Scant remains of the foundations of a large Cistercian monastery and an old water mill located between two watercourses of river Tvis Å.
Holstebro municipality is establishing a new Tvis Mølle Nature Laboratory for school children, citizens and guests on the site which will also serve as a geopark visitor centre.
On March 24th 1163, Buris Henriksen, who was of royal blood, donated no less that four large pieces of land to Herridsvad monastery in Skåne (southern Sweden) in exchange for the construction of a monastery at “Tvisel”. This event was witnessed by the Danish king Valdemar I, two bishops, three Cistercian abbots and several noblemen. In the deed of gift the donation of the farm “Tvisel” is described as: “…… a farm called “Tvisel” that I have inherited from my father …. with all its buildings and adjoining land, consisting of fields, woods, common, lakes and streams with fish, mills, houses and cattle as well as the contents of the buildings …”. Buris Henriksen presented this gift to: “…. our Lord Jesus Christ and his dignified mother, who is deserving of great honour …...” in the hope that his soul would be saved and that he would receive eternal life in Heaven. In the Middle Ages it was not uncommon for wealthy people to donate property and valuables to monasteries and churches in the expectation of a place in Heaven when they passed away.
The monks that settled at Tvis gave the monastery the Latin name “Tuta Vallis” which means “the safe valley”. This was the official name of the monastery through the Middle Ages. It was normal practice for Cistercian monasteries to have Latin names that had a deeper meaning. The monastery at Tvis was located not far from where the tributary river Tvis Å joins the main river Storå. Both of these watercourses have eroded deeply into the heather-covered moraine hills and their valleys are quite angular with steep sides. Just before flowing into river Storå and the waterpower lake, river Tvis Å divides into two branches that are separated by a small, flat “island” in the valley. It was important for monasteries of the Cistercian order to have isolated locations away from the outside world. This small “island” between steep valley sides and surrounded by watercourses was so well suited to the purpose that abbot Peder and his monks decided to settle here.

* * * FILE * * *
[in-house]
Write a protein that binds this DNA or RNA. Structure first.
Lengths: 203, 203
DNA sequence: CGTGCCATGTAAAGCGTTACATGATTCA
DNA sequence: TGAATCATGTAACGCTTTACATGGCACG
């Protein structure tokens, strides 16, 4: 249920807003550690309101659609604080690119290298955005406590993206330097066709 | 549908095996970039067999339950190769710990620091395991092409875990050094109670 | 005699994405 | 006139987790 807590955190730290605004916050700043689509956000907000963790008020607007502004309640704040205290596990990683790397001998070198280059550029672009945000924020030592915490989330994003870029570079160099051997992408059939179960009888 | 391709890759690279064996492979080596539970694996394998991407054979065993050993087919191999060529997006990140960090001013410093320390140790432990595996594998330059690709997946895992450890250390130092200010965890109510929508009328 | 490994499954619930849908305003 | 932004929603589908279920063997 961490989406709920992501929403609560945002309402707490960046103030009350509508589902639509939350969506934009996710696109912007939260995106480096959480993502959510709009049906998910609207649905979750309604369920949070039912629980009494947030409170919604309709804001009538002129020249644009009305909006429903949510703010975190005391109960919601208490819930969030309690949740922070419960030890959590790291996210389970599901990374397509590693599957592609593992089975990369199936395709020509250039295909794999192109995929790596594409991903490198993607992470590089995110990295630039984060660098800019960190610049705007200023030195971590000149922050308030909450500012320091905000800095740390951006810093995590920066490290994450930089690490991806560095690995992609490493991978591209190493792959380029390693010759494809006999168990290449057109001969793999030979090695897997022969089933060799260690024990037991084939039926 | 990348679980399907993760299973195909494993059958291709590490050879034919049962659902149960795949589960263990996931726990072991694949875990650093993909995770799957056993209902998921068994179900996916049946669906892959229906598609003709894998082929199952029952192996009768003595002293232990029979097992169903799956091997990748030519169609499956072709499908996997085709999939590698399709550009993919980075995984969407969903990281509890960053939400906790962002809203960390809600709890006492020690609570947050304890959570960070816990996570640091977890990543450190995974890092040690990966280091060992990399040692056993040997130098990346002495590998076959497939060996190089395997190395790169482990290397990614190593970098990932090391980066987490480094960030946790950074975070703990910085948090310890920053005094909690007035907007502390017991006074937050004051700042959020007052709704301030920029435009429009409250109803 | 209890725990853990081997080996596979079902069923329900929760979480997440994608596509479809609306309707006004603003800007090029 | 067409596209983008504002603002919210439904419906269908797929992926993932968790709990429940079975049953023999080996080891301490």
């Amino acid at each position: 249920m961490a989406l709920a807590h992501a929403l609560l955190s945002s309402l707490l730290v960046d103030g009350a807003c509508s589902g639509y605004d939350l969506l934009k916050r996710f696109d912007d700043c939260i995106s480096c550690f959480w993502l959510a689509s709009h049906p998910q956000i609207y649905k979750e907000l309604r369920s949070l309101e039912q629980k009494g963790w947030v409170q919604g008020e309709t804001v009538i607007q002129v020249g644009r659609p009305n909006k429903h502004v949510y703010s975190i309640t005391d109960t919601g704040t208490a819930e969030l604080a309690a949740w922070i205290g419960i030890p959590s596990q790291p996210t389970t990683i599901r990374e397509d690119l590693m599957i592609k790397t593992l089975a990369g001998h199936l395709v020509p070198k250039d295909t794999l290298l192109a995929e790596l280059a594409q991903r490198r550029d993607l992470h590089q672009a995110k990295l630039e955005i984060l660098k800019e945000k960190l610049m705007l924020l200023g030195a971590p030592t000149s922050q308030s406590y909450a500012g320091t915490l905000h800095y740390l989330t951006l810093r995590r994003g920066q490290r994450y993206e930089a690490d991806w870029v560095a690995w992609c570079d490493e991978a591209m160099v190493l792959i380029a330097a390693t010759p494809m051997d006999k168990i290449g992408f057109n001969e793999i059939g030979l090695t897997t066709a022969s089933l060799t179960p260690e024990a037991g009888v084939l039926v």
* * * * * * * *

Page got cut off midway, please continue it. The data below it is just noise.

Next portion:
The Cistercians were experts at exploiting the surrounding landscape. They were particularly adept at using the watercourses and lakes that they dammed and regulated, leading the water to where it was needed. There is no doubt that they regulated the flow of water here, and today river Tvis Å has a watermill. Excavations at Tvis monastery show that building followed the usual Cistercian principles. The Norman style was used for the first buildings but archaeological finds indicate that the Gothic style took over in the 1200s. The monastery was closed in the Reformation, but the church remained until 1698. The surrounding buildings also gradually decayed and building material from them was used for new buildings in the neighbourhood. The present watermill is a copy of the mill from the 1700s, but we do not know how many times the mill has been rebuilt. There is a display in the mill with information about the monastery, church and mill at Tvis.
Holstebro Municipality owns the nearby fish farm and is in the process of modifying it to become the Tvis Mill Nature Laboratory. This will be a visitor and activity centre only 3 km from the centre of Holstebro. The surroundings will provide the opportunity for experiences in four different categories: nature, technology, culture and health. Information about the geopark will also be communicated here.